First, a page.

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Does Facebook Really Matter to Congressional Elections, or Voters?

BY Micah L. Sifry | Thursday, November 4 2010

Our friends at Facebook have been getting lots of mileage of their report, noted here yesterday by Nancy, that in 98 House races and and 19 Senate contests, the candidate with the most Facebook "likes" won their race, respectively, 74% and 81% of the time.

Like us, the LATimes blog was skeptical that Facebook numbers truly meant that much, noting how in several high profile races, the candidates with the most fans lost.

But other observers, including Wired's David Kravets ("Analysis: Bigger Twitter, Facebook Flock Boosts Election Odds"); Bloomberg's Brian Womack ("Facebook Users Help Predict Republican Election-Night Victories"); and Venturebeat's Matthew Lyney ("Facebook, Twitter analytics successfully predict 2010 election winners") parroted Facebook's spin.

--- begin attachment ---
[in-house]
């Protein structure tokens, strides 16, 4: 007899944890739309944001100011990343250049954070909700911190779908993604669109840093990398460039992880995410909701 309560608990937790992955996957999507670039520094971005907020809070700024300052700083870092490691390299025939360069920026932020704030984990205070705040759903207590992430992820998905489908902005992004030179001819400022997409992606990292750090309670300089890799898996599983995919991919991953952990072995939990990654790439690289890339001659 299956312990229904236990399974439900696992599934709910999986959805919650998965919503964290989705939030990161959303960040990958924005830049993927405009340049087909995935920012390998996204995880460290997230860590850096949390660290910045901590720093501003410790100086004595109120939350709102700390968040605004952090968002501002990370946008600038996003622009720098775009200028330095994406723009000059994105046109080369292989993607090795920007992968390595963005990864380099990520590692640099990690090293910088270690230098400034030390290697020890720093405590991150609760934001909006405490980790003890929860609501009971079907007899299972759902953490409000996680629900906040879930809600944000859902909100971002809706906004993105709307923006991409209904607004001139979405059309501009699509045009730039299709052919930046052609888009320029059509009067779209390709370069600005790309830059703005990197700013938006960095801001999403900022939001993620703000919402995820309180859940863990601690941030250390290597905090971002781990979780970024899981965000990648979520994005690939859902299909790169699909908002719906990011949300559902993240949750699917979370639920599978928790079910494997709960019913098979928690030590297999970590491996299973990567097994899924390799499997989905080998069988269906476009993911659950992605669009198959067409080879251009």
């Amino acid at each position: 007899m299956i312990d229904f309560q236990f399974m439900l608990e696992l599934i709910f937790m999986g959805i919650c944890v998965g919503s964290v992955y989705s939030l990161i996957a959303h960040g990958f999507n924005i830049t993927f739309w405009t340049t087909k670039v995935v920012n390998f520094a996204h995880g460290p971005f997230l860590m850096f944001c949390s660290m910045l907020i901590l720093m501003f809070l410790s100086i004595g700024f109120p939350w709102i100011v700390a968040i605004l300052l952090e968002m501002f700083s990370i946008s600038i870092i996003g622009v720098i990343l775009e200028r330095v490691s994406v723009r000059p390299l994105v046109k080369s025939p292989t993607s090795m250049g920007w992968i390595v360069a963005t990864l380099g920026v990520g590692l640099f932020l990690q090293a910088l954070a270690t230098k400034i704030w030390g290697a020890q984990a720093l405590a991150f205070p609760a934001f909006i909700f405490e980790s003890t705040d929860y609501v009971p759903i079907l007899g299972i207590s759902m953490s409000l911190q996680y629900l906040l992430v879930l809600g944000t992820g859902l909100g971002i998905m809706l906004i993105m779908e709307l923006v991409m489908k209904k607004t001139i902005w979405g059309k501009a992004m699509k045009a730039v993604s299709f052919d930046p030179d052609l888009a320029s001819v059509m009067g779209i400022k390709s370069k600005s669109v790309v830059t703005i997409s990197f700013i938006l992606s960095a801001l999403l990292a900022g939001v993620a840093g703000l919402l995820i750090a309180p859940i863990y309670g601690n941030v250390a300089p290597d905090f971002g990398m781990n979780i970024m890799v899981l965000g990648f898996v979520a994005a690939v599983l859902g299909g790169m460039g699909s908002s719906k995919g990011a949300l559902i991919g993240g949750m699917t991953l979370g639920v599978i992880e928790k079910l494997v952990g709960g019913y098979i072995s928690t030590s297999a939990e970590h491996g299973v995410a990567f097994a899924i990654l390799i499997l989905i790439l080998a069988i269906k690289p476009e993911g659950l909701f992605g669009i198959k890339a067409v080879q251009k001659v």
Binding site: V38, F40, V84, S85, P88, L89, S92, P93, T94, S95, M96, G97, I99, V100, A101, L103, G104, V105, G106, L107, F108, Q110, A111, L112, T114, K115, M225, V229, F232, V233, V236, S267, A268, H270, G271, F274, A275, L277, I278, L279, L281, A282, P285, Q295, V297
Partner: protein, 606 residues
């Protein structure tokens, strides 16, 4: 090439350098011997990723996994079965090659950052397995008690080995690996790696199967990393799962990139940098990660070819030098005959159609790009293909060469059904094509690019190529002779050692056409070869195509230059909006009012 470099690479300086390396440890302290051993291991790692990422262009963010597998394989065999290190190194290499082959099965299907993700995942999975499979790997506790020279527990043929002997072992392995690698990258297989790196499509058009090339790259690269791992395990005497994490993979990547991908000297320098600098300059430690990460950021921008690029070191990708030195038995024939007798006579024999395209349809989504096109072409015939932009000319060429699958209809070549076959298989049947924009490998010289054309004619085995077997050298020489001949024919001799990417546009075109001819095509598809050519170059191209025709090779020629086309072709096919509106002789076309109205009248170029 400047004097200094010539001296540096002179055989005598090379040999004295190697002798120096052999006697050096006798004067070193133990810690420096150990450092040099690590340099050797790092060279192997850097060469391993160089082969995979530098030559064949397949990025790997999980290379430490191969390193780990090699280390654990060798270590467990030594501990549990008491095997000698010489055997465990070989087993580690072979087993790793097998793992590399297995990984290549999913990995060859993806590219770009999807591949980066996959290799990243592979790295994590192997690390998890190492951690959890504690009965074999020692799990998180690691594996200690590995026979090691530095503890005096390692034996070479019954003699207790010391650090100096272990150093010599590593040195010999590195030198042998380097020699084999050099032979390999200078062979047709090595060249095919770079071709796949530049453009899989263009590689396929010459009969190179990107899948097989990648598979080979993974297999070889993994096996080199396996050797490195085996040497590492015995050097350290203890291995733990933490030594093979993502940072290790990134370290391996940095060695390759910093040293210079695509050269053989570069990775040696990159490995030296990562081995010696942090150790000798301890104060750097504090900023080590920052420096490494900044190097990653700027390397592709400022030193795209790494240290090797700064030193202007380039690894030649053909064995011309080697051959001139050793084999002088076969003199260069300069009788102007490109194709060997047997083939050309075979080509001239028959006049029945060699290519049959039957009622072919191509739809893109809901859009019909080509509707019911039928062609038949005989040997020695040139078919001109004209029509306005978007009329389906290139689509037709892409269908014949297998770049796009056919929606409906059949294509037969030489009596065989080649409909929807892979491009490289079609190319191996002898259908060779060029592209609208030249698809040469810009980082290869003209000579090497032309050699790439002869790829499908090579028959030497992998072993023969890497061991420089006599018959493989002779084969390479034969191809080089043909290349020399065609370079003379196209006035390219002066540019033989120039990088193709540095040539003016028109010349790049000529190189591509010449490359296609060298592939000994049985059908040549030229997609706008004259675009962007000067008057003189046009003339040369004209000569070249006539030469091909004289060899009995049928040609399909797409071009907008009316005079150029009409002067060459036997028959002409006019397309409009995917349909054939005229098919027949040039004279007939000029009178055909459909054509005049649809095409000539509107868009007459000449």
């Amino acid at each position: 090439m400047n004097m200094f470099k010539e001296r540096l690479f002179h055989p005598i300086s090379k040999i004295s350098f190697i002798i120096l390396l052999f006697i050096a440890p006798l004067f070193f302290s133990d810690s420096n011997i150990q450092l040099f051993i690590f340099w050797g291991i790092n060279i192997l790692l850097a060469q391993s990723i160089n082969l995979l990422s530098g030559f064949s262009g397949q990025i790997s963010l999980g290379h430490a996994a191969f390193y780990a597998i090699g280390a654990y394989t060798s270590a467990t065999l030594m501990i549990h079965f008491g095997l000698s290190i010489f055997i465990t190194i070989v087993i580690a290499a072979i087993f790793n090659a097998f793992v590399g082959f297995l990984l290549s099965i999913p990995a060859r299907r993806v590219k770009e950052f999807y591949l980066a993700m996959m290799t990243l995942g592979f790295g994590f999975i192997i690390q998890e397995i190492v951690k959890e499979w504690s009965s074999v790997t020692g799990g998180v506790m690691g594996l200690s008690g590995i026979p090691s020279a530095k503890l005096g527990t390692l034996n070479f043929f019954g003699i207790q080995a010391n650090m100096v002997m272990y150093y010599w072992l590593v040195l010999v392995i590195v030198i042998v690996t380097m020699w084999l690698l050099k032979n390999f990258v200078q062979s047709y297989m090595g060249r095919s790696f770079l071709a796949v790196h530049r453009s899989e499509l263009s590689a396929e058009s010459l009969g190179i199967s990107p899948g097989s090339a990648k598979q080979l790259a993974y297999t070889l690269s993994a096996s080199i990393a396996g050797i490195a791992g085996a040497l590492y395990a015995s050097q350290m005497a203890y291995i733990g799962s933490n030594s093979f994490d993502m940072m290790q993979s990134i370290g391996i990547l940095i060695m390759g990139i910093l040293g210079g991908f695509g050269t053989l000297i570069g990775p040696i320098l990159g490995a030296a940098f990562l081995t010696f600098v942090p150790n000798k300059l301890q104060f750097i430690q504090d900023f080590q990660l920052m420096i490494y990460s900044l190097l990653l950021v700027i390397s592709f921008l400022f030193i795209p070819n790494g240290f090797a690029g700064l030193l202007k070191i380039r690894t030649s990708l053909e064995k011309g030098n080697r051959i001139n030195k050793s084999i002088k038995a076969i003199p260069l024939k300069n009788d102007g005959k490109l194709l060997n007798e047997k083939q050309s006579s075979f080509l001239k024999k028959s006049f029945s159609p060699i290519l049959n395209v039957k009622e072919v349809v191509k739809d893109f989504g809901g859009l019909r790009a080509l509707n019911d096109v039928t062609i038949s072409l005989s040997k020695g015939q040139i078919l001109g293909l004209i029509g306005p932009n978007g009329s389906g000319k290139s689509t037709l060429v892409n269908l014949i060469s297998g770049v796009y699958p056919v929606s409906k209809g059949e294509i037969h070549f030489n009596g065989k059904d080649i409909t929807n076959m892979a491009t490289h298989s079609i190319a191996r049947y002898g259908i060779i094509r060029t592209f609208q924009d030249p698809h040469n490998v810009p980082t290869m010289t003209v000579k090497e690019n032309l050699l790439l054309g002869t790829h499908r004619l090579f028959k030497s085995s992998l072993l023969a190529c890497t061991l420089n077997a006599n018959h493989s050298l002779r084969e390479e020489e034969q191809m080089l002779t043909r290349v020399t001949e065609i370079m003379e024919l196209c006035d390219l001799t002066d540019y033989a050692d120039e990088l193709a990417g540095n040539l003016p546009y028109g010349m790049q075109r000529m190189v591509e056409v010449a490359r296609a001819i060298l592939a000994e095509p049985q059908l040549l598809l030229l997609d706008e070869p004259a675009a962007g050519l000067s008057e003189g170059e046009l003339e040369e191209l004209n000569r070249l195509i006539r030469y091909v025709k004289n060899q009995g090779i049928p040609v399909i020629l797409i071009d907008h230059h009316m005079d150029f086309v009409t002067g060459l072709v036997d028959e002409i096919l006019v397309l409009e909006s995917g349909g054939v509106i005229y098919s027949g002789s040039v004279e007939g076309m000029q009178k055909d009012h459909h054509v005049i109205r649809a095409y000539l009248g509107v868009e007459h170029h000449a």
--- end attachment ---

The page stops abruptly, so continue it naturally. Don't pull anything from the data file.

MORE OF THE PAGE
Now some smart academic observers are turning their attention to the topic, raising deeper questions about whether we should infer anything about Facebook usage by politicians when so few voters bother to "like" most of them. Rasmus Kleis Nielsen and Christian Vaccari looked at the 112 most competitive races for House seats and found that the median number of fans obtained by a Republican candidate was just 2,156 vs 1,609 for a Democrat. A few high visibility candidates--Michele Bachman and Alan Grayson--got the lion's share of all Facebook interest, as their chart shows, and while Bachman won re-election, Grayson did not. But very few people opted to "like" House candidates in most races, which Nielsen and Vaccari say shows "most Americans do not care very much about electoral politics (and do not care much for most electoral politicians)." Sobering words.